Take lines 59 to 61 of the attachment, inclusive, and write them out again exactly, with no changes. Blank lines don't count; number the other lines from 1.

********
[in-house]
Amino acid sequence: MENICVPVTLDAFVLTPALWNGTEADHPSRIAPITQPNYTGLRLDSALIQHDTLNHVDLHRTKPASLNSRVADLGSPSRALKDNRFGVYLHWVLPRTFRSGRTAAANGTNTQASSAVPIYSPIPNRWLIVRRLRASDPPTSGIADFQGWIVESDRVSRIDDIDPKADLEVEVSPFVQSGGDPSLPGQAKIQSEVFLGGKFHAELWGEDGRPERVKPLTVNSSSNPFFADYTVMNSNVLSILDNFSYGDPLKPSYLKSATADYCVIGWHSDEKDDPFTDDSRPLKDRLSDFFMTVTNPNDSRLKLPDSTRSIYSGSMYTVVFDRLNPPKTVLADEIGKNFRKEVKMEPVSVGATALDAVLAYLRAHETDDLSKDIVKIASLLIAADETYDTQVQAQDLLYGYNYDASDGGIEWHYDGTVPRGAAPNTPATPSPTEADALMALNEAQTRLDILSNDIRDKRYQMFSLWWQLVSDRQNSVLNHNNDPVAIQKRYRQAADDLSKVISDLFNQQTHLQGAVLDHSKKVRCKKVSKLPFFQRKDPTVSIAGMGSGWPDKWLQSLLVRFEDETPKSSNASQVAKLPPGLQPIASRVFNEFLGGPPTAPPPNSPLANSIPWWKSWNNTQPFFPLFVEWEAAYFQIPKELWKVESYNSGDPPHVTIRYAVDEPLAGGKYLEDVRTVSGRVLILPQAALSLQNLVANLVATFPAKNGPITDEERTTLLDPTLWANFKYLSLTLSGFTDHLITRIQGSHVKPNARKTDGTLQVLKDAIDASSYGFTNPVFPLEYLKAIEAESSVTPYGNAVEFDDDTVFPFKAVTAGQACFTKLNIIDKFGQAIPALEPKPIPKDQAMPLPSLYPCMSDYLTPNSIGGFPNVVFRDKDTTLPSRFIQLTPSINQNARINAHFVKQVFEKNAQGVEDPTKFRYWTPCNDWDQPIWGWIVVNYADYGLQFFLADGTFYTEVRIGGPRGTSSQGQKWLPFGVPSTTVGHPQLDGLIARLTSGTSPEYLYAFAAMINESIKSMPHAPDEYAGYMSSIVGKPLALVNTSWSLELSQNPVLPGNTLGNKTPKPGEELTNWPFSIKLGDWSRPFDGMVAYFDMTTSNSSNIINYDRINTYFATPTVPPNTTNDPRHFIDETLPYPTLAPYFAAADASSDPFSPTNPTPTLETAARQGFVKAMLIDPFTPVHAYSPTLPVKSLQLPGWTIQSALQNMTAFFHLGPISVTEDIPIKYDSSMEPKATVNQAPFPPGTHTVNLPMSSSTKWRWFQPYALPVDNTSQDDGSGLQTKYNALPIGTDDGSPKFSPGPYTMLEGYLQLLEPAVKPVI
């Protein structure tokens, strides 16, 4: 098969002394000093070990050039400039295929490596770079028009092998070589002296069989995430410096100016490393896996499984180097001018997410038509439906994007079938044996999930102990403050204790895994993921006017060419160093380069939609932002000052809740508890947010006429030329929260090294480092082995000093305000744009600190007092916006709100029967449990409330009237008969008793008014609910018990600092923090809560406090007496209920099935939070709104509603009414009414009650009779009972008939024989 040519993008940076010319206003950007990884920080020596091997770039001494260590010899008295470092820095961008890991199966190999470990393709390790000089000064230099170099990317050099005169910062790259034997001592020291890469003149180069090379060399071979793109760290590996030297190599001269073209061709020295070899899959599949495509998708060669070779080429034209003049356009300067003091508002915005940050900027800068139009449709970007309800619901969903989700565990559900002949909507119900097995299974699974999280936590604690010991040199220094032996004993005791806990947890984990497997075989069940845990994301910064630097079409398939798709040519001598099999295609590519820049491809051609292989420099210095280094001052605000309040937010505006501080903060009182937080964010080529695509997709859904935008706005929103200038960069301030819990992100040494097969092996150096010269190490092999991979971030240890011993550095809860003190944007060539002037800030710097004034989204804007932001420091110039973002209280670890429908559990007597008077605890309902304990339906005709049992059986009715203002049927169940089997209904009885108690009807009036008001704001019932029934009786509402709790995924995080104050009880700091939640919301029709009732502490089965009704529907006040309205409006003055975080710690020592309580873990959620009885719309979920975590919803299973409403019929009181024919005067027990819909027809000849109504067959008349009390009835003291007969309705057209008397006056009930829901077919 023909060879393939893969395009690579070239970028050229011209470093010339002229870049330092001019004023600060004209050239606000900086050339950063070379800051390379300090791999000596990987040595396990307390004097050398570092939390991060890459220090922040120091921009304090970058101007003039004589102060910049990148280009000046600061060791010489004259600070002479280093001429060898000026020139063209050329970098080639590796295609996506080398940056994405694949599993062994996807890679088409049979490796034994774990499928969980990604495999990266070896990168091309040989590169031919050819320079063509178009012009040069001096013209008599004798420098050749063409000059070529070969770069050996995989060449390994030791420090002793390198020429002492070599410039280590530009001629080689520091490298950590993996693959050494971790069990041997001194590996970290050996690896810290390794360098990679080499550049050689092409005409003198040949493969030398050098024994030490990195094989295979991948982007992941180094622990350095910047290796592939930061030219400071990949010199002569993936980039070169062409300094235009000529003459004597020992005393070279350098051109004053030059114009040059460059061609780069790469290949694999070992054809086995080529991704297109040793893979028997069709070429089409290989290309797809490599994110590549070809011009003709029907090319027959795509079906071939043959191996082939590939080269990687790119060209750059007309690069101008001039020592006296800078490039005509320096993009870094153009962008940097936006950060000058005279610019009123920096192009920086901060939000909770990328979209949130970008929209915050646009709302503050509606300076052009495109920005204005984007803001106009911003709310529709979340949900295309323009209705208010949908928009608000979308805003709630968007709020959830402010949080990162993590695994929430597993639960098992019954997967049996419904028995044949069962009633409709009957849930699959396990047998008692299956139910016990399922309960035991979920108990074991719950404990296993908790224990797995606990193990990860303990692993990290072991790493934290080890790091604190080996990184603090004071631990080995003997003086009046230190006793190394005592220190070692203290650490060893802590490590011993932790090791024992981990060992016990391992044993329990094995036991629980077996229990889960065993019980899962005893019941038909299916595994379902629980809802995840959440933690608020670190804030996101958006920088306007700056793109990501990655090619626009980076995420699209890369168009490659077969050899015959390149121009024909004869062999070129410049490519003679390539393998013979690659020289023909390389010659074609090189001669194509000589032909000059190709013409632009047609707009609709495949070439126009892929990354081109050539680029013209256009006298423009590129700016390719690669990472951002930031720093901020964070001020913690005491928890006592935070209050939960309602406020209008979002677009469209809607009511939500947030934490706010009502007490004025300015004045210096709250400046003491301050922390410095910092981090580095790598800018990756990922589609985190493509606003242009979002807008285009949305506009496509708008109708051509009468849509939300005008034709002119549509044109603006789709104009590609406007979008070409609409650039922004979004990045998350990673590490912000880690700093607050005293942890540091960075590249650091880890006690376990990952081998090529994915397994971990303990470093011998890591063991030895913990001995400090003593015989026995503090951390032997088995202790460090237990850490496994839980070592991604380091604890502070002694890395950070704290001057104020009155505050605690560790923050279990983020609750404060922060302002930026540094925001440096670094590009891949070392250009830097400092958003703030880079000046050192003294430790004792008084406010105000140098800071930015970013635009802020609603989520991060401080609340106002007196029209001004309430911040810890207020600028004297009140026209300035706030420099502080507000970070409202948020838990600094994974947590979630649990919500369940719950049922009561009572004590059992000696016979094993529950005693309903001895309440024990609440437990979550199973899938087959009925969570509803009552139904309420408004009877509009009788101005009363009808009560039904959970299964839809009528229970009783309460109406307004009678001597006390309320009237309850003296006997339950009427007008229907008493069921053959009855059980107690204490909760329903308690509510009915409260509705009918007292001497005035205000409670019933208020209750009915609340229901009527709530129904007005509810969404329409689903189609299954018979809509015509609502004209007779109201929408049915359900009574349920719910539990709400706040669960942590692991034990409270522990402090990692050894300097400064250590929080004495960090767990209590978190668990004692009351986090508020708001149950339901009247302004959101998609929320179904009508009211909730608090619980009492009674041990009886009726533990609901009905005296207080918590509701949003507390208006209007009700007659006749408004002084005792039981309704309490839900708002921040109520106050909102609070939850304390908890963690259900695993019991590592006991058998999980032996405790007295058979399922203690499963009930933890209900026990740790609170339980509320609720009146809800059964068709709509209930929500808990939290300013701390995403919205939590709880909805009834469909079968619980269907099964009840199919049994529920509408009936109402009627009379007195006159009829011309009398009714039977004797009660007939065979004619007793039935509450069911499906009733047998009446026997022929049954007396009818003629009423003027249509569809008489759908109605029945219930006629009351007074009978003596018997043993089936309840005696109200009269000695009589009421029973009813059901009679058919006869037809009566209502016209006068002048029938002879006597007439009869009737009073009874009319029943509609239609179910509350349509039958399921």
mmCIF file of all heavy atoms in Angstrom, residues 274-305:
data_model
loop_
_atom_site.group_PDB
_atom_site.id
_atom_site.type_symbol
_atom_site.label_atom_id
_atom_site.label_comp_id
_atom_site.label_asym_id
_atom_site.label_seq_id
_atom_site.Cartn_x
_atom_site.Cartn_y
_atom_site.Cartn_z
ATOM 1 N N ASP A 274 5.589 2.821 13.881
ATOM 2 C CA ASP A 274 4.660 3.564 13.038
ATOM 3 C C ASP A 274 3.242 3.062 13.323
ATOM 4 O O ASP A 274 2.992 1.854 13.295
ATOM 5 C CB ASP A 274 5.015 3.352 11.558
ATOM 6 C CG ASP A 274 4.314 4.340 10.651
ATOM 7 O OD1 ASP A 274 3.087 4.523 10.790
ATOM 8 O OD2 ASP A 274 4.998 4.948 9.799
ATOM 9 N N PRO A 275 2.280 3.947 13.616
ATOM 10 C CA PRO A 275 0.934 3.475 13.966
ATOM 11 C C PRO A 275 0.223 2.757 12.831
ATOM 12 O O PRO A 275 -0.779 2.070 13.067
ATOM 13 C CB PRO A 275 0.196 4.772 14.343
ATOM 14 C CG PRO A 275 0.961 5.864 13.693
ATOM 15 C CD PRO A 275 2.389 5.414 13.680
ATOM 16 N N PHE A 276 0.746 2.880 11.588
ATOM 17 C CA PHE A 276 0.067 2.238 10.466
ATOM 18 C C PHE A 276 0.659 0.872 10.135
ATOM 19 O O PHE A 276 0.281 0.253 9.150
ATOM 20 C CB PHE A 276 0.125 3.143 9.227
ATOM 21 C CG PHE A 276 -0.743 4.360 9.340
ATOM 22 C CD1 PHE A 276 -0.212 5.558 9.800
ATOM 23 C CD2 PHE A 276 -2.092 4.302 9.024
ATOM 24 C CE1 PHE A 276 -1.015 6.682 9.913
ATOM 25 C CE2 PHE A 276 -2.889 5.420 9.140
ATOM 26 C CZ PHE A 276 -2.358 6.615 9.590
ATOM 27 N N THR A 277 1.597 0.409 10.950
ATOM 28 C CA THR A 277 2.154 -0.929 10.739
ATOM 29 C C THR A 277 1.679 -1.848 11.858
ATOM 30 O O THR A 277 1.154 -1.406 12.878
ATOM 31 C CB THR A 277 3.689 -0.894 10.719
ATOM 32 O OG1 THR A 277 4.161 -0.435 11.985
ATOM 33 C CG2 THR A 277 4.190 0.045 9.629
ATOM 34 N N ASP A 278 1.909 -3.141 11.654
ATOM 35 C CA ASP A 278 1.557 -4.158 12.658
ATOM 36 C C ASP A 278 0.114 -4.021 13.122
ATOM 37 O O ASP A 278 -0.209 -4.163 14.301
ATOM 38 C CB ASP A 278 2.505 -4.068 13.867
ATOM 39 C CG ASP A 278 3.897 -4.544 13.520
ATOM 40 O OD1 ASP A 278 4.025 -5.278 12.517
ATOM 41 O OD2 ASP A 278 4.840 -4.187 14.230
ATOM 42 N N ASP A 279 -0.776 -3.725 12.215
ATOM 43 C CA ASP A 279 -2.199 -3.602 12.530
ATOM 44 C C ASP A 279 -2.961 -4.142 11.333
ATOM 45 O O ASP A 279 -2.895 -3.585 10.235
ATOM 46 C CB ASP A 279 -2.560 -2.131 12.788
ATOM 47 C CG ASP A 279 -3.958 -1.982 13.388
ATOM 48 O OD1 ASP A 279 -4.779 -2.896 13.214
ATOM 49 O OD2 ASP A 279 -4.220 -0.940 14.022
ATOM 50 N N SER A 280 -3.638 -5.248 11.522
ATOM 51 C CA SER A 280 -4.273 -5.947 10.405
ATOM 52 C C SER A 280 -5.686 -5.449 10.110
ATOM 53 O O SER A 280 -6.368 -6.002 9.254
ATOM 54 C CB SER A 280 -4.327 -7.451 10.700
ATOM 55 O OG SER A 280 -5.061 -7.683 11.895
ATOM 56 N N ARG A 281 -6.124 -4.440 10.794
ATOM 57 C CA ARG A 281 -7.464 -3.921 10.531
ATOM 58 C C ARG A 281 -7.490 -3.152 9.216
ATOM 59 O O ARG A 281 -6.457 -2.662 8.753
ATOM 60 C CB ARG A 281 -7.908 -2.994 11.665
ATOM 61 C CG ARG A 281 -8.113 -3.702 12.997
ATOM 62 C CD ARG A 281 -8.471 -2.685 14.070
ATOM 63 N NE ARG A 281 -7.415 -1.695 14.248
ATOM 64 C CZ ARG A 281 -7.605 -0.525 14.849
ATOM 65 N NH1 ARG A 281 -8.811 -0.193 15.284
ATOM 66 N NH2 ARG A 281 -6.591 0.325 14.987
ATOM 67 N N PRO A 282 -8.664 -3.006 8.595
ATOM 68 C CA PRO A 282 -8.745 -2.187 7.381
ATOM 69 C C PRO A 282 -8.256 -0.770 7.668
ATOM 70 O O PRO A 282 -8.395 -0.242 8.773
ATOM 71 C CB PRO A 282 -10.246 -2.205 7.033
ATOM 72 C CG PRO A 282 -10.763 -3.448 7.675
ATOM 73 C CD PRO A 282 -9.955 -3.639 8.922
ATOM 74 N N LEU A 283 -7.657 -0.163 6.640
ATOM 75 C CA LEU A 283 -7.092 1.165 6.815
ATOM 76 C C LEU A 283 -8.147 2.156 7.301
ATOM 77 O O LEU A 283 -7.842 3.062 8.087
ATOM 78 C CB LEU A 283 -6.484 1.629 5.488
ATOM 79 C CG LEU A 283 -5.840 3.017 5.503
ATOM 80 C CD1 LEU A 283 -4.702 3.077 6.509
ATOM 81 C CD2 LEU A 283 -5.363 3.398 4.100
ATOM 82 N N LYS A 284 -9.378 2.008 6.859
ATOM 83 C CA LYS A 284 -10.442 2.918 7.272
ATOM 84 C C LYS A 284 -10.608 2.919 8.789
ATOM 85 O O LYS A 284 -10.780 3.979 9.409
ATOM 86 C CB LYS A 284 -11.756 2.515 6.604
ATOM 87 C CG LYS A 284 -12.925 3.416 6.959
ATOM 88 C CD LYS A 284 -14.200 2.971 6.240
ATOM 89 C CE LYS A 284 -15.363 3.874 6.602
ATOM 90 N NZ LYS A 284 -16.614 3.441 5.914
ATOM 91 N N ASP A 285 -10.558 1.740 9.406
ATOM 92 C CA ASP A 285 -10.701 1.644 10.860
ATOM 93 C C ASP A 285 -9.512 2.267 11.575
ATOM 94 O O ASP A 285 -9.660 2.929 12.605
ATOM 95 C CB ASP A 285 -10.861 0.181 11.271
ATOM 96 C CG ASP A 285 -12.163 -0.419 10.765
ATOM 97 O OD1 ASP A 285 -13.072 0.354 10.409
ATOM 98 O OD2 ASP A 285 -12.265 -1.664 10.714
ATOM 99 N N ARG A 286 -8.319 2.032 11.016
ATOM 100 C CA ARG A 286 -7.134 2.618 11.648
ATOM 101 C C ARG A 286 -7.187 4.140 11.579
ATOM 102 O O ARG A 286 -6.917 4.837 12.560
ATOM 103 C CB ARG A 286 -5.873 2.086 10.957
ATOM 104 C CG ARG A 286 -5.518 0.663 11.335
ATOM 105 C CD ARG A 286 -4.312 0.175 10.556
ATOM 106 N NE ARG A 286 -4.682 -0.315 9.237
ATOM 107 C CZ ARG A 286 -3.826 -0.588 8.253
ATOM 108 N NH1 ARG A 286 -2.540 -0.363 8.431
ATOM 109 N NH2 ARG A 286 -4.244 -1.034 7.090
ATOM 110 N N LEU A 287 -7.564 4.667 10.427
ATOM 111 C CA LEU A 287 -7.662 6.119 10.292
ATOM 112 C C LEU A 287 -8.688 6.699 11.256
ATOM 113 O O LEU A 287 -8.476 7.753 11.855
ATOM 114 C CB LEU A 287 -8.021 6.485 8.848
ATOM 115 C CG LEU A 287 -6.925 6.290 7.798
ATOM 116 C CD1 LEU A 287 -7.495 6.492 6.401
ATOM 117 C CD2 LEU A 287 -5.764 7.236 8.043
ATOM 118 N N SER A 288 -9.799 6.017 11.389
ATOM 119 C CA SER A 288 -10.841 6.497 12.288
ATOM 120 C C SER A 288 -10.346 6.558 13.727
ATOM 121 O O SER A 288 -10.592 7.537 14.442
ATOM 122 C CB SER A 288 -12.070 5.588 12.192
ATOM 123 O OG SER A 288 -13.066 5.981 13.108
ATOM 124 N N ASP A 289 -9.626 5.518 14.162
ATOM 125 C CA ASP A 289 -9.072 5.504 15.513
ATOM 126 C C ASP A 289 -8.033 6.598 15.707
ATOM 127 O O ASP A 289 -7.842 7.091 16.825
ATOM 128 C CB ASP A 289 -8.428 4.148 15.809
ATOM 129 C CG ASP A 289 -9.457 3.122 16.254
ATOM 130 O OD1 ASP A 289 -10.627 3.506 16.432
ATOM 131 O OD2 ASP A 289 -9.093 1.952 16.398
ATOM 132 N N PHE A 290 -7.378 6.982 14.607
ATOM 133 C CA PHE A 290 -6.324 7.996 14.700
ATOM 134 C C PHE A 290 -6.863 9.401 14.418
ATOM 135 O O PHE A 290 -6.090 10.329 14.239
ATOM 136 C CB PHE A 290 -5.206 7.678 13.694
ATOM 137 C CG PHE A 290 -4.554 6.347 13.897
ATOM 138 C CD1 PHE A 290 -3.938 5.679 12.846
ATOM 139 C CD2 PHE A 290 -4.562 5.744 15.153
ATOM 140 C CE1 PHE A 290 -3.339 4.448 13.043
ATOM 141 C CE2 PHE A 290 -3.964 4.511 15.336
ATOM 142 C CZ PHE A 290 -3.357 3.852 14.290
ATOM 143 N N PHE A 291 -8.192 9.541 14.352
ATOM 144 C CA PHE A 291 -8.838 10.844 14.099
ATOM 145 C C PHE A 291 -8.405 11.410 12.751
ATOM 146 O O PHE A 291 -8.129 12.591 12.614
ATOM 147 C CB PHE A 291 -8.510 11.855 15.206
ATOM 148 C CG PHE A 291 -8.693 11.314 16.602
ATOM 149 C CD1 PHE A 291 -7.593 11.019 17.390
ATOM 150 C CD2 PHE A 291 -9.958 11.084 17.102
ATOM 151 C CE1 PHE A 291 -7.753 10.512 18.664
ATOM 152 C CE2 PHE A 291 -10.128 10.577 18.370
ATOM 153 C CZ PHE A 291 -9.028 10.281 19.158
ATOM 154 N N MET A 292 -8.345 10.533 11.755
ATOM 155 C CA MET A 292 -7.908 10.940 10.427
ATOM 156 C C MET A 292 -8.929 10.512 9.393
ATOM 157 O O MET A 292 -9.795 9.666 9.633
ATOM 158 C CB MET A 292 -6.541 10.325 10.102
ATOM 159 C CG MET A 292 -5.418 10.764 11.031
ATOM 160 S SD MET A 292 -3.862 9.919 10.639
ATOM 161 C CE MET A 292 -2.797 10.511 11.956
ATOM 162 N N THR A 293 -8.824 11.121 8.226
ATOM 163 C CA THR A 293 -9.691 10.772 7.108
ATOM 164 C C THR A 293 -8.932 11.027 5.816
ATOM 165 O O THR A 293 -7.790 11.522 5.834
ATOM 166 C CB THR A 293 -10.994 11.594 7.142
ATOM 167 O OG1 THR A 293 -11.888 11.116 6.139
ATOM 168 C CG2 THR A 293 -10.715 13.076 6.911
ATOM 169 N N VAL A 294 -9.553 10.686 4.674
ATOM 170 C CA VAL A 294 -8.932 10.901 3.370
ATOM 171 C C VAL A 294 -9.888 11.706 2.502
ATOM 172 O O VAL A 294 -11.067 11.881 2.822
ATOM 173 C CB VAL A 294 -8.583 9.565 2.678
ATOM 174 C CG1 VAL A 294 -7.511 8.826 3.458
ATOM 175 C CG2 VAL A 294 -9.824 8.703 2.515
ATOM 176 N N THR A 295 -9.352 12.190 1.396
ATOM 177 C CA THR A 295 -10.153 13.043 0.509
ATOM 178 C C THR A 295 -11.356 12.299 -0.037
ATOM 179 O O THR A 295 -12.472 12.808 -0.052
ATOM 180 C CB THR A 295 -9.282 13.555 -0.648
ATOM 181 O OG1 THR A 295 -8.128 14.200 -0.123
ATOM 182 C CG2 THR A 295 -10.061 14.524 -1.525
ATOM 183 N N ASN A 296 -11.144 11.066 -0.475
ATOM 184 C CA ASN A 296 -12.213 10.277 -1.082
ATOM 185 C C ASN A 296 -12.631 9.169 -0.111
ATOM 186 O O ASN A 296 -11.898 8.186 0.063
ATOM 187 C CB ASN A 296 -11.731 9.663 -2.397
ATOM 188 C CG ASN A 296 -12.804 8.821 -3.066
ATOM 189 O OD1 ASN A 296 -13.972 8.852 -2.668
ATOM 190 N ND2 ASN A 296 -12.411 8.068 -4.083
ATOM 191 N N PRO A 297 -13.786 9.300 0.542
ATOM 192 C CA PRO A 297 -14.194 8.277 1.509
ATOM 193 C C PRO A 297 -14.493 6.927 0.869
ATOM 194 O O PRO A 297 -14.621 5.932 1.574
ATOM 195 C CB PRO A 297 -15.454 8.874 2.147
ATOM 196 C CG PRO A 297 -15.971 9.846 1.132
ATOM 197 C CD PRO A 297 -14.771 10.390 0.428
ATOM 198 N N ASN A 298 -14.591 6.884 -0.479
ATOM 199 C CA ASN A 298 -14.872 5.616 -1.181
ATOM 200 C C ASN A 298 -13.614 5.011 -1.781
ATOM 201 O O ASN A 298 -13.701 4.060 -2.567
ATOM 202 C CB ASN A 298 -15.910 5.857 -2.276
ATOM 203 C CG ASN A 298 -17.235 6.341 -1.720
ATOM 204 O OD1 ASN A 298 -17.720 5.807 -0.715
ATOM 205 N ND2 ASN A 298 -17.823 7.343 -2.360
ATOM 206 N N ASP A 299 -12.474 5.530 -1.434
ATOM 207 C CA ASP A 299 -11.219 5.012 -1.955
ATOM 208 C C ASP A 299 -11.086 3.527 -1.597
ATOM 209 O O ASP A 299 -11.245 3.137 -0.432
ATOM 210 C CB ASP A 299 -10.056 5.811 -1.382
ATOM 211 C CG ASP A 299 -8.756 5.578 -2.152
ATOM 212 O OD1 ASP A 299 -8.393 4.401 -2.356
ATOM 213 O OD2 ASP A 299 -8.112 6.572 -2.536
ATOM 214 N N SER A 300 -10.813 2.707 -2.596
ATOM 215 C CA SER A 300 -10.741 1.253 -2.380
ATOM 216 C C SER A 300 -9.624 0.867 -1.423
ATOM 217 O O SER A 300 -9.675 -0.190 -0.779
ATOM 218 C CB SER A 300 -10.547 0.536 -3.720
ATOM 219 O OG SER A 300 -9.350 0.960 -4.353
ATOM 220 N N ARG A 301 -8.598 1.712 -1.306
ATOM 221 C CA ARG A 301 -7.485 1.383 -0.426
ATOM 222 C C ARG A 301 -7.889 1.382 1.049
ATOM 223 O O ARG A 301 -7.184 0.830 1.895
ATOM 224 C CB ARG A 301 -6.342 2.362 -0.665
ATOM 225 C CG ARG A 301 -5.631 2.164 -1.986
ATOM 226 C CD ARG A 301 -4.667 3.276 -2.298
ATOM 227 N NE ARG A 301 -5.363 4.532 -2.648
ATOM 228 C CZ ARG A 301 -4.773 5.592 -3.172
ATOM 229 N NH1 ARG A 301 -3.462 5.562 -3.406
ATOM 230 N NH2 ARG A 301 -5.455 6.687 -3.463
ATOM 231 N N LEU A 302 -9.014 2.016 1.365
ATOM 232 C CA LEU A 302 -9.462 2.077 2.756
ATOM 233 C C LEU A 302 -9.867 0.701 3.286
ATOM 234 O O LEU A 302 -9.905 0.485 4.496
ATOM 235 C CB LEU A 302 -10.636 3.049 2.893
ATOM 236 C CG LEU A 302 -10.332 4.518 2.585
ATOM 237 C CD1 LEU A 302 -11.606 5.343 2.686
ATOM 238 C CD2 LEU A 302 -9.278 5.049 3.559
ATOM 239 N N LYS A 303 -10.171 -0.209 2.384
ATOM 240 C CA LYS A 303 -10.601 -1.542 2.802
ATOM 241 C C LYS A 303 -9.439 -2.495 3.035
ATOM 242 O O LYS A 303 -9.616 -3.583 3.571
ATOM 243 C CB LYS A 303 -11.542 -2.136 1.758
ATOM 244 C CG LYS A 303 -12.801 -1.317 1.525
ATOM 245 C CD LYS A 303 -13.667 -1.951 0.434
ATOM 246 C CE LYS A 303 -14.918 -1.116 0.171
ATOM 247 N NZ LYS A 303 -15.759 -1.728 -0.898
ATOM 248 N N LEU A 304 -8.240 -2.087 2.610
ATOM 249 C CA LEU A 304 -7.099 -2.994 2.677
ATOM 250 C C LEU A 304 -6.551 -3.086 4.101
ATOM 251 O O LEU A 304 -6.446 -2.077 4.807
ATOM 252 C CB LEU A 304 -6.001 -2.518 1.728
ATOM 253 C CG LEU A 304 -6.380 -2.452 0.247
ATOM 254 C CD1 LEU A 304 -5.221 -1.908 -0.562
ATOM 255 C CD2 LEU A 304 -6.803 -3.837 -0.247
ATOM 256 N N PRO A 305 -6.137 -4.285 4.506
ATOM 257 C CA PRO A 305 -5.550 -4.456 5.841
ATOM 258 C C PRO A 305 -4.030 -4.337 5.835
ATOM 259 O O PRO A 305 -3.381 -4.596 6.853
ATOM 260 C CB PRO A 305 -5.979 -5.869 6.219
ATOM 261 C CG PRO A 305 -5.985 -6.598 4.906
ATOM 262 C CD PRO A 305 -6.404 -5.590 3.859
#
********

ATOM 43 C CA ASP A 279 -2.199 -3.602 12.530
ATOM 44 C C ASP A 279 -2.961 -4.142 11.333
ATOM 45 O O ASP A 279 -2.895 -3.585 10.235